The 2019 NFL Draft is about 48 hours from kicking off. The hay might very well be in the barn in some spots, but the reality is we have no idea how the opening minutes of the draft are going to play out. That’s in large part to the Arizona Cardinals, whose quarterback situation is providing the NFL with exactly as much drama as the league can handle with respect to the top overall pick.
We discussed this on the latest Pick Six Podcast — listen in the player below; we’ll also be doing live draft shows from Nashville all week long so subscribe here and watch our pre-draft shows on CBS Sports HQ — with the entirety of our panel believing it’s much less than a sure that thing the Cards take Murray.
This is far from a consensus of course. But it’s becoming a more and more popular opinion. Sam Farmer of the Los Angeles Times does a local writer mock draft and had Kent Somers, longtime Arizona Republic writer, handle the Cards pick at No. 1. Somers went with Quinnen Williams, noting that the “Cardinals like Josh Rosen, and I don’t see them taking a quarterback in the first round two years in a row.”
Somers is a columnist now and not a beat guy/reporter per se, but he has been covering this team a long time, so it’s not like this is out of thin air.
CBS Sports’ own Pete Prisco went on record during our CBS Sports HQ Live Mock Draft (rewatch it all on YouTube below) as saying the Cardinals won’t be taking Murray first and instead will go with Williams or Ohio State pass rusher Nick Bosa.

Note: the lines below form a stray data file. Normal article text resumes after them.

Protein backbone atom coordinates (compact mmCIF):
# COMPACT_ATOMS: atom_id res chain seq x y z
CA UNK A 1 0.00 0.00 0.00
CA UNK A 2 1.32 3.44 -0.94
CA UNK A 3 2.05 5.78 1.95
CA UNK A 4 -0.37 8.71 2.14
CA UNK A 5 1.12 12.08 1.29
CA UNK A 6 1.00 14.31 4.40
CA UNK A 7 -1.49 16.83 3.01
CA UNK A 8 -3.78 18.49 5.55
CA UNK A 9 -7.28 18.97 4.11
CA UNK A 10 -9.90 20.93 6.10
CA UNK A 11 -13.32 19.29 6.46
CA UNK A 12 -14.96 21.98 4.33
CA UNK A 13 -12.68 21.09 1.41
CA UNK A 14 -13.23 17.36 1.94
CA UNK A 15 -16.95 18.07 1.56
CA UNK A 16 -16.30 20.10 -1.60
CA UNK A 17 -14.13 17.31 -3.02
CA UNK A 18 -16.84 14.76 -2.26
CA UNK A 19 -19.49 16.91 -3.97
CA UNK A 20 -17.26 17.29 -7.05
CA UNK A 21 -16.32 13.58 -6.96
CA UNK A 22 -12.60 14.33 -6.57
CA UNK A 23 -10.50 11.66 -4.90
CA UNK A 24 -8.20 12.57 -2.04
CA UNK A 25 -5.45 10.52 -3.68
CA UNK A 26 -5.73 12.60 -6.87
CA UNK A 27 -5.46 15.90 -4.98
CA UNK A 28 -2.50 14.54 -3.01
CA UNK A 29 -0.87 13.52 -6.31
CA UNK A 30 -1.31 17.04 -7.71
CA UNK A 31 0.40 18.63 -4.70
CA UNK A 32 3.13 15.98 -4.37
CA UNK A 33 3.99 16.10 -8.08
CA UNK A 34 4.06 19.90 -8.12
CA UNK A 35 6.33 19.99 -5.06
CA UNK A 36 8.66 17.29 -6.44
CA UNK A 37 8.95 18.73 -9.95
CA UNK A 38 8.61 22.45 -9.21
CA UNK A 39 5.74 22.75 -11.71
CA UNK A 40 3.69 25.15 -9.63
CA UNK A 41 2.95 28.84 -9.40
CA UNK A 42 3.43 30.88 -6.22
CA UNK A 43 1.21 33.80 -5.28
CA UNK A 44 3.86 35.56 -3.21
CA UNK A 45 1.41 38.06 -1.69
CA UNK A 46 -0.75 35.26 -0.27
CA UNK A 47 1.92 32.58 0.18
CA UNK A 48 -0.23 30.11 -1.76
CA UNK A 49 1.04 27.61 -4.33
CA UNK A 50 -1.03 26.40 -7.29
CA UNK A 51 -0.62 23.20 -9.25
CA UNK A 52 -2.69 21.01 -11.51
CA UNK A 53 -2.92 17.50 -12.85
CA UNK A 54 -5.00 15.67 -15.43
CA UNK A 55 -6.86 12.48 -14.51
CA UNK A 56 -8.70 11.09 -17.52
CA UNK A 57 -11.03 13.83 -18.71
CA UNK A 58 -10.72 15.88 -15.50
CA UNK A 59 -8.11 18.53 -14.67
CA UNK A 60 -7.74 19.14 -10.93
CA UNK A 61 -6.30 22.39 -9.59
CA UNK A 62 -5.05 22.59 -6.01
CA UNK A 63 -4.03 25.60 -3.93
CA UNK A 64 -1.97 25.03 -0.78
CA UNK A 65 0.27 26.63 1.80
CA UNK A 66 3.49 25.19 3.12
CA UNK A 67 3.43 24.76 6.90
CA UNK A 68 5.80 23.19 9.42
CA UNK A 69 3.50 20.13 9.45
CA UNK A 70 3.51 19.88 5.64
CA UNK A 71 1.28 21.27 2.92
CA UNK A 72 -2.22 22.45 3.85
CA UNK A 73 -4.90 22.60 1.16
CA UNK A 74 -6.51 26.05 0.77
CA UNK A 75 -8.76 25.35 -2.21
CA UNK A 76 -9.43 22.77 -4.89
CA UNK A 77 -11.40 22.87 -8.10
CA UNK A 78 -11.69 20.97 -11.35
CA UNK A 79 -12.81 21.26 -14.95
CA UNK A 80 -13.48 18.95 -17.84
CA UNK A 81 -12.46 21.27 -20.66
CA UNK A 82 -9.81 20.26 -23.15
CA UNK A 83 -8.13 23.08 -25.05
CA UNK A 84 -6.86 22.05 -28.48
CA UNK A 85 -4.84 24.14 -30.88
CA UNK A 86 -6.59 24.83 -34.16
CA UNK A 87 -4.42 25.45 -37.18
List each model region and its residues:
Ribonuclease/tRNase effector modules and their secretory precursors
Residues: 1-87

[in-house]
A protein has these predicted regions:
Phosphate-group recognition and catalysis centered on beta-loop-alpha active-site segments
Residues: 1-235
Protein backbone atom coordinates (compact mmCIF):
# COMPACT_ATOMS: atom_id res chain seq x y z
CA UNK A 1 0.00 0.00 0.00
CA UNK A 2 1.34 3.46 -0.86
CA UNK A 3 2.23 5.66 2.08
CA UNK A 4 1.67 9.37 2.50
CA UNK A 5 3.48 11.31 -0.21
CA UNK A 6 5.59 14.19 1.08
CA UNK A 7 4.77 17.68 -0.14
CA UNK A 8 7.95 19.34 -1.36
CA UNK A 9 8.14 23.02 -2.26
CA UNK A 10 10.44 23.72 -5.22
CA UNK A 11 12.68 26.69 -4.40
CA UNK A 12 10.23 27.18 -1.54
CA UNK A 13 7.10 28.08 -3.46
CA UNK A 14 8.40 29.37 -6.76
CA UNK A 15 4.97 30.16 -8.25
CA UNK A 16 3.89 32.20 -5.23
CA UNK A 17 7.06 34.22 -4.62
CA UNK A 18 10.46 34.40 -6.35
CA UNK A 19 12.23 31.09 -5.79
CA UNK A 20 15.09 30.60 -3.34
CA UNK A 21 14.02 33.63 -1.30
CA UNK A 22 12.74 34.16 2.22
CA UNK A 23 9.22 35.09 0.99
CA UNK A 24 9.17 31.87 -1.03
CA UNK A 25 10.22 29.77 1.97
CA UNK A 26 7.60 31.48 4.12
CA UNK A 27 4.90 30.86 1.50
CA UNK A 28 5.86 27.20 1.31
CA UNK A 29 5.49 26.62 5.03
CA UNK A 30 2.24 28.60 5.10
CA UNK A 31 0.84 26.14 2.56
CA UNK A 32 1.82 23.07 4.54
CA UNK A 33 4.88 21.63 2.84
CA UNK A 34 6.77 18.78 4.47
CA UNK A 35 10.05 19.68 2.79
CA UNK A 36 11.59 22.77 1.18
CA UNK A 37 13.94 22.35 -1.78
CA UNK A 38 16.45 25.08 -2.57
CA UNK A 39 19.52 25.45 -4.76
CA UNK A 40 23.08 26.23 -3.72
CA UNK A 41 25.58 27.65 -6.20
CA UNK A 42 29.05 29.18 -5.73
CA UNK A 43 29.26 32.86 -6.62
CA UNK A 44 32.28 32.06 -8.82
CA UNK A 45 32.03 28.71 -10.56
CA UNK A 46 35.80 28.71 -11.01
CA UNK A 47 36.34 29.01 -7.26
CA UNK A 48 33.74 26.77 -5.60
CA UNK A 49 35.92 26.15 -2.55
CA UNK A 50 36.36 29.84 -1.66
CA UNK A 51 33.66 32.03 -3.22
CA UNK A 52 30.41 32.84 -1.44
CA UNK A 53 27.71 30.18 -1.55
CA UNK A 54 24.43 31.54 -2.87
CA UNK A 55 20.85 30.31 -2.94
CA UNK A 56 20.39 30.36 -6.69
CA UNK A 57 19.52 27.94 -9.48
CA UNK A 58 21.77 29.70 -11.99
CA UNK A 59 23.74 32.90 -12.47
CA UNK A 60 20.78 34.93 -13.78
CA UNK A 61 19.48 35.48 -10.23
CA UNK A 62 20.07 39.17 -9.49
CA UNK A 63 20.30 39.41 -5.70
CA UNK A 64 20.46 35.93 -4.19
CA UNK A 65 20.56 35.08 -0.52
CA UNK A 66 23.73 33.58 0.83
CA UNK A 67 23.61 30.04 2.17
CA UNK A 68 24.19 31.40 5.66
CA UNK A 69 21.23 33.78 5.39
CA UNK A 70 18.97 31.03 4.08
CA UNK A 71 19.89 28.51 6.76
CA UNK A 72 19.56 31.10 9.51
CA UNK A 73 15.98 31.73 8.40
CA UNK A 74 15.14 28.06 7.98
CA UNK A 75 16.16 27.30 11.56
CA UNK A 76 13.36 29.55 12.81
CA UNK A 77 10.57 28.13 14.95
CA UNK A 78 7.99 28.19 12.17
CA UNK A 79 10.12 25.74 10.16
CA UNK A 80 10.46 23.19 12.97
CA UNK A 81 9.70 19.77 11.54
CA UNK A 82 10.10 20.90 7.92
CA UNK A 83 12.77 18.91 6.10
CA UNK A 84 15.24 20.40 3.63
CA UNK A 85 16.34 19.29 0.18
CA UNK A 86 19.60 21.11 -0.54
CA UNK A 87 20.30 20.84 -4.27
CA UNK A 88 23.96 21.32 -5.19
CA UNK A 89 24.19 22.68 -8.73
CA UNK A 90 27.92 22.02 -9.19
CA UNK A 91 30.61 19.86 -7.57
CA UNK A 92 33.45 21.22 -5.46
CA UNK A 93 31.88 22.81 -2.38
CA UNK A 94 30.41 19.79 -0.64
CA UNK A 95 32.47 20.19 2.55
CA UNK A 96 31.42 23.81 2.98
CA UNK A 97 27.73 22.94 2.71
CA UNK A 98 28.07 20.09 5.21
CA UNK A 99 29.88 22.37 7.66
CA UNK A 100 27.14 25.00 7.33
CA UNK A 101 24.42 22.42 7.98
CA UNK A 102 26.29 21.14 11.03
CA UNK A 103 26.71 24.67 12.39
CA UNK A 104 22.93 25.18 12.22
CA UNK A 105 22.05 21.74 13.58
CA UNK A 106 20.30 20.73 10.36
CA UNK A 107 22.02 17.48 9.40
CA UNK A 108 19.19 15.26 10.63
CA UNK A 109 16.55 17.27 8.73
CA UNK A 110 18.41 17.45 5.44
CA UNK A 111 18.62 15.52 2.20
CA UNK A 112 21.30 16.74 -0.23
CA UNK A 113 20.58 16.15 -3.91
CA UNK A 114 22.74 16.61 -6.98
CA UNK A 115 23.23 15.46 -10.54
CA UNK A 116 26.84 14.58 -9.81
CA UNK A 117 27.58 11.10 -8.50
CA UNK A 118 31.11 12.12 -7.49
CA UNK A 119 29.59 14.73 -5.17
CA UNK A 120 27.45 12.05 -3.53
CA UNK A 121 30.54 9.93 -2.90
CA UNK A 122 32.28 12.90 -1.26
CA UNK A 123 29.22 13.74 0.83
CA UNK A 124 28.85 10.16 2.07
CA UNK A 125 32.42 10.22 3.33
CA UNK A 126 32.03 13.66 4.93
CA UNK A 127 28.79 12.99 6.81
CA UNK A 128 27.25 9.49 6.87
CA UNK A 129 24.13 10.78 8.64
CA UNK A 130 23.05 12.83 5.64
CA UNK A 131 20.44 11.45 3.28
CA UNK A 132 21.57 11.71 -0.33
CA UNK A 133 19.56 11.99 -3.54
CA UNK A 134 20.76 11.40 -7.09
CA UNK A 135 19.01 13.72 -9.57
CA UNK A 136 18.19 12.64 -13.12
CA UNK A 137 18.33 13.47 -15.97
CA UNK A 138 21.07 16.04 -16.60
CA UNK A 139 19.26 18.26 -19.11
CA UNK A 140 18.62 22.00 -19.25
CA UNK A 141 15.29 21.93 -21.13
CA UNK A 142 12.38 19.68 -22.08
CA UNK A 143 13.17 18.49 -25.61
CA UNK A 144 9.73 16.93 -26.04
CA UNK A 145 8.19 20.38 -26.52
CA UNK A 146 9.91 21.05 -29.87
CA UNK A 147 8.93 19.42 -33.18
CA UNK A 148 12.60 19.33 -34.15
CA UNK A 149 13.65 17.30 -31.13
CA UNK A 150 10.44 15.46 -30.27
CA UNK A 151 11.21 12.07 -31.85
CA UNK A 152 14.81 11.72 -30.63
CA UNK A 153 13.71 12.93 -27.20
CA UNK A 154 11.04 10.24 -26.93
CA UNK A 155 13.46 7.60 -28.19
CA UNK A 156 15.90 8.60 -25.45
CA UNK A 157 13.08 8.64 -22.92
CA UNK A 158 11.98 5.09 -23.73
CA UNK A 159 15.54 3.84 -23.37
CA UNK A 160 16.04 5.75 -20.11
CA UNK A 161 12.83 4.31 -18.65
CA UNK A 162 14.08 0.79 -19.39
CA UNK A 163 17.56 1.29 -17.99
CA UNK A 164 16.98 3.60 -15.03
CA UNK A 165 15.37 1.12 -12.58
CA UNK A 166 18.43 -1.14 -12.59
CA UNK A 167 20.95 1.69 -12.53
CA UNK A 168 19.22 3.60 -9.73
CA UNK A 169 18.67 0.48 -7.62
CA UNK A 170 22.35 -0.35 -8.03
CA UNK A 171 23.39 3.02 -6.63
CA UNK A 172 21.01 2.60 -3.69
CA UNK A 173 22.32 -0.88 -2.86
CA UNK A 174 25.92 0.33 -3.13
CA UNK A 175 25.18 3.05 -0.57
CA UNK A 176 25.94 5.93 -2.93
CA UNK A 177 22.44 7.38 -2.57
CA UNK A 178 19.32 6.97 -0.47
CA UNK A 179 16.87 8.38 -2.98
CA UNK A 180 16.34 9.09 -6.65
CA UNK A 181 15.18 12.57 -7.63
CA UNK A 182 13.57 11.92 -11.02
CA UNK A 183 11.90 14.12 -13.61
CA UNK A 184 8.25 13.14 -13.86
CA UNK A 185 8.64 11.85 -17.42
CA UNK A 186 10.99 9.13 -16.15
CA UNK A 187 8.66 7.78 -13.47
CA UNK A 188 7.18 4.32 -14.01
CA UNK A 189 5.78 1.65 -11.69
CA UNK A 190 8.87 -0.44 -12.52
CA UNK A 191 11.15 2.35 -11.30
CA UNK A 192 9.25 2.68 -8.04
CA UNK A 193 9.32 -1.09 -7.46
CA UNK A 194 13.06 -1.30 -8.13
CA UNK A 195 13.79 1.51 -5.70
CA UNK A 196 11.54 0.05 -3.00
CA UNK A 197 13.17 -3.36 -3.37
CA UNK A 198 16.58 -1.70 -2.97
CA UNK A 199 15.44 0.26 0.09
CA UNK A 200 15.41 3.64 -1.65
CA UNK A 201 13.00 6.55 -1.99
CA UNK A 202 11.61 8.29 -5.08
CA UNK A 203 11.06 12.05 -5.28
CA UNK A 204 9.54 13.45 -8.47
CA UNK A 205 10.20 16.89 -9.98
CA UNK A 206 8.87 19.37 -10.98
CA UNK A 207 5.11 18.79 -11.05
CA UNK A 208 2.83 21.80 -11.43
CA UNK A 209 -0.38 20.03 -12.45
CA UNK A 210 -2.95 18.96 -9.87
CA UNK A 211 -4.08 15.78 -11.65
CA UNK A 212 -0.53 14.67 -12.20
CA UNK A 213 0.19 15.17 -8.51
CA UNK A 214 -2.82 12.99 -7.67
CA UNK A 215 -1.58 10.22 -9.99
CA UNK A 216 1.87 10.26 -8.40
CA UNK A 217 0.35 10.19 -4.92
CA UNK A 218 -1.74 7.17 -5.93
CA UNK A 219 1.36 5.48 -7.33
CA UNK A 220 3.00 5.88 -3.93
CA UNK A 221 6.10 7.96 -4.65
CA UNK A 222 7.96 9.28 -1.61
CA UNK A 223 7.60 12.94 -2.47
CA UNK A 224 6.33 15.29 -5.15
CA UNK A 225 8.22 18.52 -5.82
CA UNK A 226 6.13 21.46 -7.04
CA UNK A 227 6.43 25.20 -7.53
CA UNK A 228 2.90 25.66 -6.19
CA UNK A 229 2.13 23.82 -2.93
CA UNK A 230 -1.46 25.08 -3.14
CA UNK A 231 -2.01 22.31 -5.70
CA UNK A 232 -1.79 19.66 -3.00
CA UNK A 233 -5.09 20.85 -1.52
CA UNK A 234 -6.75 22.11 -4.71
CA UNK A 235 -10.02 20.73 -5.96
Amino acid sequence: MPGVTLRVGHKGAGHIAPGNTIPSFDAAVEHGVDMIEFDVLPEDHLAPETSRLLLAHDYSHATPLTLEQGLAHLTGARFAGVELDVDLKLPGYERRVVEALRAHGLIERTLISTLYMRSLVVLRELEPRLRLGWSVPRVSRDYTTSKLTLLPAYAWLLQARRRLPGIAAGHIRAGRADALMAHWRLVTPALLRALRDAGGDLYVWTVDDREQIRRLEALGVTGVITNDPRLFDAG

There’s a whole host of people getting on board this Williams bandwagon. There are also a whole bunch of people who are staunchly AGAINST the idea that the Cardinals will do anything other than take Murray first overall.
Peter Schrager of “Good Morning Football” was one of the early adopters when it came to predicting Kyler to the Cardinals with the first overall pick. And he continued to do so on Tuesday, saying he would double down on the idea of Murray going first overall.
CBS Sports NFL Insider Jason La Canfora has done the same, refusing to back off the idea that Arizona will do anything other than take Murray with the first pick.
Peter King of NBC Sports wrote that he can easily see the Cardinals bailing on Murray … and had Murray going first overall in his final mock draft anyway. That’s not calling King indecisive or anything — no one really knows what Arizona is going to do. Even the Cardinals.
According to multiple reports, the primary decision makers for Arizona are huddling up on Monday/Tuesday/Wednesday to firm up a plan. Expect something to leak on Thursday morning; that’s what happened last year with Baker Mayfield going first overall. (Although it could have been John Dorsey finally telling Hue Jackson, who somehow avoided breaking a bone sprinting to tell media members what was happening.)
One would think that part of those meetings are reaching out to other teams and inquiring about what they might give up for Rosen in a possible trade. You know, hit up the Giants and see if they’ll give up a second-round pick for the former first-round pick. However, according to NFL Media’s Ian Rapoport the Cardinals aren’t even calling teams to talk Rosen trades.